Early Childhood Institutions as Loci of Ethical and Political Practice

By Moss, Peter | International Journal of Educational Policy, Research and Practice, Annual 2006 | Go to article overview

Early Childhood Institutions as Loci of Ethical and Political Practice


Moss, Peter, International Journal of Educational Policy, Research and Practice


Institutionalisation of Childhood: Possibilities and Risks

We are at a historical moment where it becomes urgent to raise the question: What are the possibilities for institutions created for children and young people? The historical process of the institutionalisation of childhood is in a period of intensification, as children enter institutions at ever earlier ages and remain in them for longer periods. This intensification presents great opportunities but also involves many risks since, as Foucault reminds us, everything is dangerous. A particular set of risks are produced from the increasing dominance of a particular discourse about early childhood. The dominant discourse threatens us with what Santos (2004) refers to as 'hegemonic globalisation', that is the successful globalisation of a particular local and culturally-specific discourse to the point that it makes universal truth claims and 'localises' all rival discourses.

What Is This Dominant Discourse?

The early childhood field is increasingly dominated by one particularly strong narrative, an Anglo-American narrative spoken in the English language, located in a liberal political and economic context, and dominated by certain disciplinary perspectives, in particular psychology, management and economics. This narrative has a distinct vocabulary, in which terms such as 'development,' 'quality' and 'outcomes' are prominent. Such terms generate particular problems, questions, and methods. The narrative is inscribed with the values and assumptions of modernity, for example objectivity, mastery, and universality, and with particular understandings of childhood, learning, evaluation, and so on.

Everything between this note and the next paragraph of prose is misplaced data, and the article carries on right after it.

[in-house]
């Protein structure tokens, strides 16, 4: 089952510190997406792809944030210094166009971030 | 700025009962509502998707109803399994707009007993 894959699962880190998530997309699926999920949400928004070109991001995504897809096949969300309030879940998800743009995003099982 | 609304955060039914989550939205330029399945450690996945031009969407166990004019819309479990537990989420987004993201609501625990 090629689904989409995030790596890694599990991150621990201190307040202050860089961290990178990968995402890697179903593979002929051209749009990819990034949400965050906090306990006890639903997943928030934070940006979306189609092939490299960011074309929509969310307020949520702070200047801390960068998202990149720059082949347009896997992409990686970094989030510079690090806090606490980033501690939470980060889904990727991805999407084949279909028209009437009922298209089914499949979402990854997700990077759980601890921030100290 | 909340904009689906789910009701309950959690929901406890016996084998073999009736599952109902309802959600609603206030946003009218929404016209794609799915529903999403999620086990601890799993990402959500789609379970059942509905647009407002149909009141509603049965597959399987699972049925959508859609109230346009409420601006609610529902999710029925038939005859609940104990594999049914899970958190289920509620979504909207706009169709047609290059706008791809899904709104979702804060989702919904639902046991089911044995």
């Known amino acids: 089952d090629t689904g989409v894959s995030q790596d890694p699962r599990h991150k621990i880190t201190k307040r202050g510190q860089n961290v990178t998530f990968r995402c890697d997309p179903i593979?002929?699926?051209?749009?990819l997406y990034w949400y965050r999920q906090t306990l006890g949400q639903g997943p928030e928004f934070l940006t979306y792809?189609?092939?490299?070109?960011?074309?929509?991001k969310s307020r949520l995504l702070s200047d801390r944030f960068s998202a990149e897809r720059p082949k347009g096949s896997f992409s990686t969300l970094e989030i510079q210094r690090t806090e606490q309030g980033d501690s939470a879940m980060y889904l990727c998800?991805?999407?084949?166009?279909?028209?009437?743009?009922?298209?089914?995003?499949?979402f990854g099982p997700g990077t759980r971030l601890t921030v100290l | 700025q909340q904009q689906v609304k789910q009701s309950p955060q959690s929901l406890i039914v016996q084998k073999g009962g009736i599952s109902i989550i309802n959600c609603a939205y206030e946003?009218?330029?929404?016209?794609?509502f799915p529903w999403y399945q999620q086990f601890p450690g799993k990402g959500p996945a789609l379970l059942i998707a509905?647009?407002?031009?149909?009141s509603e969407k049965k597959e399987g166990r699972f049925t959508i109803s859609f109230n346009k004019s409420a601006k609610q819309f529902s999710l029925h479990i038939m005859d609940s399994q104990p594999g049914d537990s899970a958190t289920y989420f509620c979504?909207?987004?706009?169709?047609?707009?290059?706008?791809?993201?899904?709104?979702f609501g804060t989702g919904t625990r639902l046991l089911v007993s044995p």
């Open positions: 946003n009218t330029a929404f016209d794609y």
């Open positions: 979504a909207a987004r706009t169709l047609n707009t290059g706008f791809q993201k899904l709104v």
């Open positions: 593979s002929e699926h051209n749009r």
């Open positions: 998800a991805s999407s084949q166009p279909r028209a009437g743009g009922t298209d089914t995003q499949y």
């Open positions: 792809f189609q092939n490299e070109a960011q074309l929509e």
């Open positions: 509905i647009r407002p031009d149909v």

The Anglo-American narrative is, if you will, a regime of truth about early childhood education and care as a technology for social stability and economic success. Early childhood institutions are understood first and foremost, as places of technical practice. Their workforce is seen as technicians, and young children as redemptive agents to be programmed to become a solution to certain problems arising from highly competitive market capitalism. This truth regime is highly instrumental and calculative in rationality, demonstrating a will to know or grasp the child by placing her within totalising systems of scientific theory and their attendant technologies and classifications. As a result of the dominant narrative, a public policy is produced which (as Prout observes) emphasises control, regulation, and surveillance (Prout, 2000).

Proliferating Discourses

It seems to me that the task confronting critical thinkers in early childhood today is to put a stutter in this dominant discourse, by denaturalising it and showing that it is not a necessity but a choice, or in Foucault's words,

   to show that things are not as self-evident as one believed, to see
   that which is accepted as self-evident will no longer be accepted
   as such ... since as soon as one can no longer think things as one
   formerly thought them, transformation becomes both very urgent,
   very difficult and quite possible. (1988: p.155)

An important part of the denaturalisation process is to offer other possibilities, other ways of thinking about institutions and the children within them, and other ways of practicing pedagogical work: in short, to proliferate a multiplicity of discourses.

The Rich Child and Children's Spaces: An Other Discourse